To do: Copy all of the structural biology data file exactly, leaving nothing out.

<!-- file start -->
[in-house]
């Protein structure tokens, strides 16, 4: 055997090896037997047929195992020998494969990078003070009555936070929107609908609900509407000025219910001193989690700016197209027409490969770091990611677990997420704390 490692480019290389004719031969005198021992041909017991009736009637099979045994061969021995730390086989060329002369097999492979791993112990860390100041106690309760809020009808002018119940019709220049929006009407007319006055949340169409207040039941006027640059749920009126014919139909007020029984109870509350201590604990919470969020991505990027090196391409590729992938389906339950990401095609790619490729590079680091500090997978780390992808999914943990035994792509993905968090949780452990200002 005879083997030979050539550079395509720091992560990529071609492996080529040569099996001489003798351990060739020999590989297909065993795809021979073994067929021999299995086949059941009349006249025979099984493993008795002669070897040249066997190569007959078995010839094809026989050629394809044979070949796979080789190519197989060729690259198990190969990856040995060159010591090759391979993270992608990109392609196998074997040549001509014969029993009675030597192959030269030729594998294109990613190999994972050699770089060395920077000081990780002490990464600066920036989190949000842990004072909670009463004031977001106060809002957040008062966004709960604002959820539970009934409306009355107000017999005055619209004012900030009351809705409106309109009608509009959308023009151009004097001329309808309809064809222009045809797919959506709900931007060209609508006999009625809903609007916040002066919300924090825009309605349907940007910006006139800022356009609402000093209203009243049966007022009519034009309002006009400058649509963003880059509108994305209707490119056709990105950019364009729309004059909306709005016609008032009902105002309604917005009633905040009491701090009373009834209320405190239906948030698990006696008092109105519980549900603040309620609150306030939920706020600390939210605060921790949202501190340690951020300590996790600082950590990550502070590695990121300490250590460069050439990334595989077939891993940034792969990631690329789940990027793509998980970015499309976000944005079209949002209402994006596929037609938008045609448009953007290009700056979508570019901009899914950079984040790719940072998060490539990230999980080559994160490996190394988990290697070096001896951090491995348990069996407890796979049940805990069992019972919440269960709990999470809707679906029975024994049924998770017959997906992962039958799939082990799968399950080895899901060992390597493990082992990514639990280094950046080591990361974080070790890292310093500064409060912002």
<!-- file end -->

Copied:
[in-house]
């Protein structure tokens, strides 16, 4: 055997090896037997047929195992020998494969990078003070009555936070929107609908609900509407000025219910001193989690700016197209027409490969770091990611677990997420704390 490692480019290389004719031969005198021992041909017991009736009637099979045994061969021995730390086989060329002369097999492979791993112990860390100041106690309760809020009808002018119940019709220049929006009407007319006055949340169409207040039941006027640059749920009126014919139909007020029984109870509350201590604990919470969020991505990027090196391409590729992938389906339950990401095609790619490729590079680091500090997978780390992808999914943990035994792509993905968090949780452990200002 005879083997030979050539550079395509720091992560990529071609492996080529040569099996001489003798351990060739020999590989297909065993795809021979073994067929021999299995086949059941009349006249025979099984493993008795002669070897040249066997190569007959078995010839094809026989050629394809044979070949796979080789190519197989060729690259198990190969990856040995060159010591090759391979993270992608990109392609196998074997040549001509014969029993009675030597192959030269030729594998294109990613190999994972050699770089060395920077000081990780002490990464600066920036989190949000842990004072909670009463004031977001106060809002957040008062966004709960604002959820539970009934409306009355107000017999005055619209004012900030009351809705409106309109009608509009959308023009151009004097001329309808309809064809222009045809797919959506709900931007060209609508006999009625809903609007916040002066919300924090825009309605349907940007910006006139800022356009609402000093209203009243049966007022009519034009309002006009400058649509963003880059509108994305209707490119056709990105950019364009729309004059909306709005016609008032009902105002309604917005009633905040009491701090009373009834209320405190239906948030698990006696008092109105519980549900603040309620609150306030939920706020600390939210605060921790949202501190340690951020300590996790600082950590990550502070590695990121300490250590460069050439990334595989077939891993940034792969990631690329789940990027793509998980970015499309976000944005079209949002209402994006596929037609938008045609448009953007290009700056979508570019901009899914950079984040790719940072998060490539990230999980080559994160490996190394988990290697070096001896951090491995348990069996407890796979049940805990069992019972919440269960709990999470809707679906029975024994049924998770017959997906992962039958799939082990799968399950080895899901060992390597493990082992990514639990280094950046080591990361974080070790890292310093500064409060912002």